22 Oct Health Benefits of Intermittent Fasting
Intermittent fasting is a timed approach to eating that involves cycling between periods of eating and fasting. There are many different methods of intermittent fasting, including the 16-2 Method and the 5-2 Diet. Some methods like alternate-day fasting involve fasting only certain days, while others like the Warrior Diet involve fasting all day and feasting at night within a four-hour eating window.
Many people choose to engage in popular methods of intermittent fasting to simplify their daily routine, improve their overall health, minimize the effects of aging, or simply lose weight. For those ready to start fasting, it’s important to consult with Jesal V. Popat, M.D., the best heart doctor in Tampa Bay, to identify your health goals, choose the appropriate method, and figure out a meal plan that works best for you. To help you decide whether or not you should incorporate intermittent fasting into your lifestyle, we’ll review the number of key health benefits associated with this approach to eating.
Changes to the Function of Cells, Genes, and Hormones
One of the most interesting health benefits of intermittent fasting is that it can affect the function of your cells, genes, and hormones. This is because your body fat is the body’s way of storing your energy. When you don’t eat anything during fasting, your body makes a number of changes to make this stored energy more accessible, and you enter into a fat-burning metabolic state known as ketosis rather than your usual carb-burning state.
This state is characterized by the production of ketones that may serve as signaling molecules that can modify the activity of proteins and change gene expression associated with the metabolism of fats. Below, we’ve outlined two metabolic changes that can occur as a result of intermittent fasting:
- Insulin: Your insulin levels increase when you eat, so by fasting, you may experience a dramatic decrease in your insulin levels and improved insulin sensitivity. Reduced levels of insulin also make your stored body fat more accessible.
- Human growth hormone (hGH): Your blood levels of the growth hormone may increase as much as 5-fold as a result of intermittent fasting. This is important as increased levels of this hormone facilitate fat burning and muscle gain.
Most people who choose to incorporate intermittent fasting into their lifestyle are doing so for the purpose of losing weight. This is because, if done correctly, intermittent fasting can easily help you reduce calories and burn fat. All of the benefits previously discussed, like lower insulin levels and higher growth hormone levels, increase the breakdown of stored body fat and facilitate its use for energy.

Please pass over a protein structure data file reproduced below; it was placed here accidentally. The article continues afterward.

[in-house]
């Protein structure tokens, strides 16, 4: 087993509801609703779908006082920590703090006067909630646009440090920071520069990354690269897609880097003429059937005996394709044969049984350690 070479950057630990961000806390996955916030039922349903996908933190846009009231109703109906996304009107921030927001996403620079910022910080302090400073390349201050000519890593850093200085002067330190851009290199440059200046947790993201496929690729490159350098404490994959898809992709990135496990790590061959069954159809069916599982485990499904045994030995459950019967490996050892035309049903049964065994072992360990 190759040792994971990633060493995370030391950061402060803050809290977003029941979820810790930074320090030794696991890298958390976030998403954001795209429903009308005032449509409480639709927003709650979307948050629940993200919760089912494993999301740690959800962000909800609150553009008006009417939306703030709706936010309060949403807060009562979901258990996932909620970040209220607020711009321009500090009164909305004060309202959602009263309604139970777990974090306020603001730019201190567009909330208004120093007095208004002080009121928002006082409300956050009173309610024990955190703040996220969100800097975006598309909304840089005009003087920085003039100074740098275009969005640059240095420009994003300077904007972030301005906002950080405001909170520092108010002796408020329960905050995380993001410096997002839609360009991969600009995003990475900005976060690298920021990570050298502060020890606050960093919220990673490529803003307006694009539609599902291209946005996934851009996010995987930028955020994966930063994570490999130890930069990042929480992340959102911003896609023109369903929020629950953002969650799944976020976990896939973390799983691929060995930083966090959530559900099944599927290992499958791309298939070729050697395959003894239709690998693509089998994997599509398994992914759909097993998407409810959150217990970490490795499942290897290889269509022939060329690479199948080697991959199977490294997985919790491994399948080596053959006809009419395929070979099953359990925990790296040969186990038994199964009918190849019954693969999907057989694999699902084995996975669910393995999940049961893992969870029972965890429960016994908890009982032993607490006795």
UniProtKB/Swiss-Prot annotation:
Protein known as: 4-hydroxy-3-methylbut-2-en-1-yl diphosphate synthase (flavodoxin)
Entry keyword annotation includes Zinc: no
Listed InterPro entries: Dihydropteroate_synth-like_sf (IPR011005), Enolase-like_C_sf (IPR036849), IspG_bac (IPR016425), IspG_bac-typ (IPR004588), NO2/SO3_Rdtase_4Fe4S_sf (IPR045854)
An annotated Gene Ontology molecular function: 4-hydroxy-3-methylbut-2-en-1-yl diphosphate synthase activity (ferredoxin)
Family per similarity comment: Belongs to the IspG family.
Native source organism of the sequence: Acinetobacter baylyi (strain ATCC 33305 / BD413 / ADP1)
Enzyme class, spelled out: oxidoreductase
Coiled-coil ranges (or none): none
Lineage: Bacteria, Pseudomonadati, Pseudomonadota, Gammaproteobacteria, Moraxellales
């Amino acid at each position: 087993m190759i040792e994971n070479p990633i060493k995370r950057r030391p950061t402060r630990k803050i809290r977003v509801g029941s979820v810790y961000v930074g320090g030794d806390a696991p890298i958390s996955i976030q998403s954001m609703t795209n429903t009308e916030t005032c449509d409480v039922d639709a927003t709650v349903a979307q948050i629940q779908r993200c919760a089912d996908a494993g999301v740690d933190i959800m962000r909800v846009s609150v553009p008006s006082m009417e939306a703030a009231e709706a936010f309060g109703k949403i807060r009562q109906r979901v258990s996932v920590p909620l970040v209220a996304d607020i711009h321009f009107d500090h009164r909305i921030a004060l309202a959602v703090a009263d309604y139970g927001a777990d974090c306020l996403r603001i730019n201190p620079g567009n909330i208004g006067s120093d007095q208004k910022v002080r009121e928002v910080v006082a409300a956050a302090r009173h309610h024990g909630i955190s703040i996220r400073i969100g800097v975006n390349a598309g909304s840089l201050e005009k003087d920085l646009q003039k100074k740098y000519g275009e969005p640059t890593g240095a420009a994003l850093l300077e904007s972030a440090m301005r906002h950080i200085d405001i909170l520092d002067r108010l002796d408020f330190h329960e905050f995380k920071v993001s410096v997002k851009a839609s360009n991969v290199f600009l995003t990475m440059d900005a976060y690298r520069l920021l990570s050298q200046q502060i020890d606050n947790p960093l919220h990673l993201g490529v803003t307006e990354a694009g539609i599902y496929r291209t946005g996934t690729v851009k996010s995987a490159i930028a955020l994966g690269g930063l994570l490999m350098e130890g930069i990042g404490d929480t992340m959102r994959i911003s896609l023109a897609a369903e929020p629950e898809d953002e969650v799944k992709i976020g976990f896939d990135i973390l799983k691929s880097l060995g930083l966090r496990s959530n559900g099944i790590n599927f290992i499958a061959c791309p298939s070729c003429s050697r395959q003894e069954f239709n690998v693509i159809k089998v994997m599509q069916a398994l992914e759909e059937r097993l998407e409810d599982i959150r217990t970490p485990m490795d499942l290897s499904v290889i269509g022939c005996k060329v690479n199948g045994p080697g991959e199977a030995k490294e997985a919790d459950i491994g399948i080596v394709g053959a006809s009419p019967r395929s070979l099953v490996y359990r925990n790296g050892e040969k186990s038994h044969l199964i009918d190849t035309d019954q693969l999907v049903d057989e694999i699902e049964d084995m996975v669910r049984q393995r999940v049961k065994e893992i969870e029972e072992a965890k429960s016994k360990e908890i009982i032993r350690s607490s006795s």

That being said, this only works if you’re not compensating for the fasting periods by eating much more food during your eating windows. Any weight loss you experience is always going to be facilitated by an overall reduction in your calorie intake. Short-term fasting also has the potential to increase your metabolic rate by anywhere from 3-14 percent, helping you burn even more calories.
Improved Heart Health
Last but certainly not least, intermittent fasting can lead to significant improvements in your heart health. Studies have shown that this approach to eating has the capacity to improve numerous risk factors for heart disease, including blood pressure, blood triglycerides, inflammatory markers, total and LDL cholesterol, and blood sugar levels. Regular fasting is also associated with lower rates of heart failure and a longer life span. For example, routine fasters in a 2019 study had a 71 percent lower rate of developing heart failure when compared to non-fasters.
Other health benefits associated with intermittent fasting include protection against cancer and Alzheimer’s disease, improvement in various metabolic features known to be important for brain function, and reduction in oxidative stress. If you’re looking to reap any of the benefits of intermittent fasting but don’t know where to start or aren’t sure which method would work best for you, don’t hesitate to get into contact with Jesal V. Popat, M.D., a nutrition-focused Tampa heart doctor.
To consult with Jesal V. Popat, M.D., FACC, a cardiologist in Tampa, FL, please call (813) 344-0934 or fill out our contact form to schedule an appointment.
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